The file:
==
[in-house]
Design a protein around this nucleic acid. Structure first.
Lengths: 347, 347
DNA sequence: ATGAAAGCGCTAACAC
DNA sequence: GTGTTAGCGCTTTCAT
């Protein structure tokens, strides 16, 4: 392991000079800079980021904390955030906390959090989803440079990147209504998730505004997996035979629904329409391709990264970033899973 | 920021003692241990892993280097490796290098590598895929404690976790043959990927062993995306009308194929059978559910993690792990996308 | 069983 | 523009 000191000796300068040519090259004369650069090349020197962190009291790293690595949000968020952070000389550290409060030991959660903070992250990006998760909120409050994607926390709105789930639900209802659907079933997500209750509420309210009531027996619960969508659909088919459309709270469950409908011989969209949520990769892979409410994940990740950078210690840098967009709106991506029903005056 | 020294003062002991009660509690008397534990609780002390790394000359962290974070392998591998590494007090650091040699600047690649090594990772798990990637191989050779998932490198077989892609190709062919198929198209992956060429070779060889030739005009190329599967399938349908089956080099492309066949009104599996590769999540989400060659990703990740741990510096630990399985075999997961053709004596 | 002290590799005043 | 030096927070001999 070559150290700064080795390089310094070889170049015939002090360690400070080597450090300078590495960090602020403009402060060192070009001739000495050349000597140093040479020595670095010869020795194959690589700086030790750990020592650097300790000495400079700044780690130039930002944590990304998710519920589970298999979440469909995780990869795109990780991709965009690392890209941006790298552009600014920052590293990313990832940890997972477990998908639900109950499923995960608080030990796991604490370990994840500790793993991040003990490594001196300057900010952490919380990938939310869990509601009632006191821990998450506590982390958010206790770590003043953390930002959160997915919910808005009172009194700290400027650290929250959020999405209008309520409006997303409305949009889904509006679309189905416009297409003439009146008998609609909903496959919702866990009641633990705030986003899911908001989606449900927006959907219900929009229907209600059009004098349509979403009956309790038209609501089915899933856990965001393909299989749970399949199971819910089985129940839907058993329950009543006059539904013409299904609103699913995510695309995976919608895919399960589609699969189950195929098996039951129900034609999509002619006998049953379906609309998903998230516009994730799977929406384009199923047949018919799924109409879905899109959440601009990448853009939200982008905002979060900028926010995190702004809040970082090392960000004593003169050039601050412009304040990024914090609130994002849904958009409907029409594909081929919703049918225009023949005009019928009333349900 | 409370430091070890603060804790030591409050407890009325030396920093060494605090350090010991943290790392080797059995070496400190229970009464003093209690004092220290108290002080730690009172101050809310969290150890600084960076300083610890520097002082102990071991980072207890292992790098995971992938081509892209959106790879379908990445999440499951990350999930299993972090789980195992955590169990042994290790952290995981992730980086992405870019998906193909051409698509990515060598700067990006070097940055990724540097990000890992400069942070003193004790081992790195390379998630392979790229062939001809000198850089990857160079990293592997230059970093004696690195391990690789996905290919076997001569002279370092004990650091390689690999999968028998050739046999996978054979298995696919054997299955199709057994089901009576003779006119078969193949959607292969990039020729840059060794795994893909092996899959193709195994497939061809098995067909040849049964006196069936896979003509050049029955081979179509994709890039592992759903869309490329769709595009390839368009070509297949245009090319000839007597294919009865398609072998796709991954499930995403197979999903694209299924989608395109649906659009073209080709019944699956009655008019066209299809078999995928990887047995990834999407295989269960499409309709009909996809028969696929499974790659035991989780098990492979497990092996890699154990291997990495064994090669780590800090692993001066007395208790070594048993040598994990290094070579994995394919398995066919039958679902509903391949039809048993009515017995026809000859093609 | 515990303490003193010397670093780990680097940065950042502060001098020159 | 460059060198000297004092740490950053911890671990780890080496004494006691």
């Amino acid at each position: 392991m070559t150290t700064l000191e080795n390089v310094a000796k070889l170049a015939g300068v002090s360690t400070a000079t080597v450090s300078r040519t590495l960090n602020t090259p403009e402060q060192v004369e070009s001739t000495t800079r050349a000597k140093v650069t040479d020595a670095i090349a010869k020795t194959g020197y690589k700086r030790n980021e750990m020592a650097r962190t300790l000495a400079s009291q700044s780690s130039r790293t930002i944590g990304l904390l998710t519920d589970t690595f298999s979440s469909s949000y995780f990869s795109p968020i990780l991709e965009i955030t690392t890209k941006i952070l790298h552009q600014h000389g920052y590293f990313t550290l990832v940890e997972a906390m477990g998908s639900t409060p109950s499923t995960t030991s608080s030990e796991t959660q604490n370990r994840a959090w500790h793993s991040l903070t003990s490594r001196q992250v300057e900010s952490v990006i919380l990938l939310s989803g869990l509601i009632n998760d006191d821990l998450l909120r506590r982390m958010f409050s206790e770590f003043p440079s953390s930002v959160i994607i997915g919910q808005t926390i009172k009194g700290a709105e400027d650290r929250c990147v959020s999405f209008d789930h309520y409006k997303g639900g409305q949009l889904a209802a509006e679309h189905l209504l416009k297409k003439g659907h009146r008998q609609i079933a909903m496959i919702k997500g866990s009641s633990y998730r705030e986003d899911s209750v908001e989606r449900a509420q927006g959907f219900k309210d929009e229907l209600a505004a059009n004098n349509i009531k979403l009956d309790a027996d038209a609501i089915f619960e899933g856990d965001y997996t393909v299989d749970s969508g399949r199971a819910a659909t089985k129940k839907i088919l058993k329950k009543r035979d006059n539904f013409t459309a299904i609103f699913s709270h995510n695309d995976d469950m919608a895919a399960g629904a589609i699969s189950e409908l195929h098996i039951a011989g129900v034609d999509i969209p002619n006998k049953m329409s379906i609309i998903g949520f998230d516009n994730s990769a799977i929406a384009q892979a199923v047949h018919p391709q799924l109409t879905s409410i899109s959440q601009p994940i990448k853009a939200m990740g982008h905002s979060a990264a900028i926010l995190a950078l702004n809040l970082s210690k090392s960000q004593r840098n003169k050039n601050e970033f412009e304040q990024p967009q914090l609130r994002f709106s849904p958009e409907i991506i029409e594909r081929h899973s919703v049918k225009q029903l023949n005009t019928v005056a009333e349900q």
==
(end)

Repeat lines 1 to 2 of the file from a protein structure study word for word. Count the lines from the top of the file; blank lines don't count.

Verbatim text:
[in-house]
Design a protein around this nucleic acid. Structure first.